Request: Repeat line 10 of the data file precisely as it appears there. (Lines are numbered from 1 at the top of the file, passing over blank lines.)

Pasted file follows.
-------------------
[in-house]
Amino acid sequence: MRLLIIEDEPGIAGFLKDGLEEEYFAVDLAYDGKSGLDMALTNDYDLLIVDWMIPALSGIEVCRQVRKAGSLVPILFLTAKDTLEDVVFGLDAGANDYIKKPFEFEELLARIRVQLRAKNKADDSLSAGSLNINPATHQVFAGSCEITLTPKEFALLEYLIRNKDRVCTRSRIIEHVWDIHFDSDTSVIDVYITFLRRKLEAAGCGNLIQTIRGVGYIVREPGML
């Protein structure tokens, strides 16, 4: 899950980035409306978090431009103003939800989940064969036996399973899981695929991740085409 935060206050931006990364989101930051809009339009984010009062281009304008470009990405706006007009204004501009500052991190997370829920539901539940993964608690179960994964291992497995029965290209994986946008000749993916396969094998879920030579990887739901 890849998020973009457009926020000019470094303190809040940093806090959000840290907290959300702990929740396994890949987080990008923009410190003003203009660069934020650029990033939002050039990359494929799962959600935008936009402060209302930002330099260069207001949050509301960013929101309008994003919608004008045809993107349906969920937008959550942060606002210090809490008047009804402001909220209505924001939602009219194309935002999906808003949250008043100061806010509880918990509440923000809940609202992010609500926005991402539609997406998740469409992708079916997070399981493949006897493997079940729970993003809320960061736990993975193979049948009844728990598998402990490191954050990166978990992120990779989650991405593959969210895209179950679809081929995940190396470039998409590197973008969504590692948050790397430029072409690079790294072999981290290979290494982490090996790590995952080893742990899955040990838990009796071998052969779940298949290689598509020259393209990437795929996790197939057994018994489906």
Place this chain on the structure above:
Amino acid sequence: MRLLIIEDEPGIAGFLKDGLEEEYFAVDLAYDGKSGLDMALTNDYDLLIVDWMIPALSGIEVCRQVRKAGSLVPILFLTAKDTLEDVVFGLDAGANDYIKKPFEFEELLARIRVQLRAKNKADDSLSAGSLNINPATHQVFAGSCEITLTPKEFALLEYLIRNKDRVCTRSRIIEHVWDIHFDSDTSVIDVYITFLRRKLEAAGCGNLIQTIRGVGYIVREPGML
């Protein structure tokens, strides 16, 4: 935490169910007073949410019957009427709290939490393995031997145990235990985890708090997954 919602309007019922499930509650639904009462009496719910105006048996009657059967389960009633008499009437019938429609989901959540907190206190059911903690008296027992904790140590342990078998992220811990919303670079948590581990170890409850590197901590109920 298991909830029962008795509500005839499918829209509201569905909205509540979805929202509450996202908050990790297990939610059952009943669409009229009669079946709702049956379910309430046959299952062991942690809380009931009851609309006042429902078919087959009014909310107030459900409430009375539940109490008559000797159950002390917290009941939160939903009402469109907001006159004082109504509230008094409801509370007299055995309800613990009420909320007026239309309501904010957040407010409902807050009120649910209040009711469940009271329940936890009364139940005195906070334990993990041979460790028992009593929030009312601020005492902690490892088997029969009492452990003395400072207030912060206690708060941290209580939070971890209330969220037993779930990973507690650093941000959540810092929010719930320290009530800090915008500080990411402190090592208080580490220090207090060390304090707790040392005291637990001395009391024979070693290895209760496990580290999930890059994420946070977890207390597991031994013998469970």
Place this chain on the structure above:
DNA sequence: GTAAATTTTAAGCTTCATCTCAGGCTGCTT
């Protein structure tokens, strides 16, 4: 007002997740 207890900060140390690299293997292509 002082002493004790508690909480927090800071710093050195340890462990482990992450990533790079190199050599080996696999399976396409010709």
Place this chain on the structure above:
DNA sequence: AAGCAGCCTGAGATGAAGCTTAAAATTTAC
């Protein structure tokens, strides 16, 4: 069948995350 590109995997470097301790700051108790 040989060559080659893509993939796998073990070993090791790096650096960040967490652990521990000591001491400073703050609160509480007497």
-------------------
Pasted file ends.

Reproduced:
Place this chain on the structure above: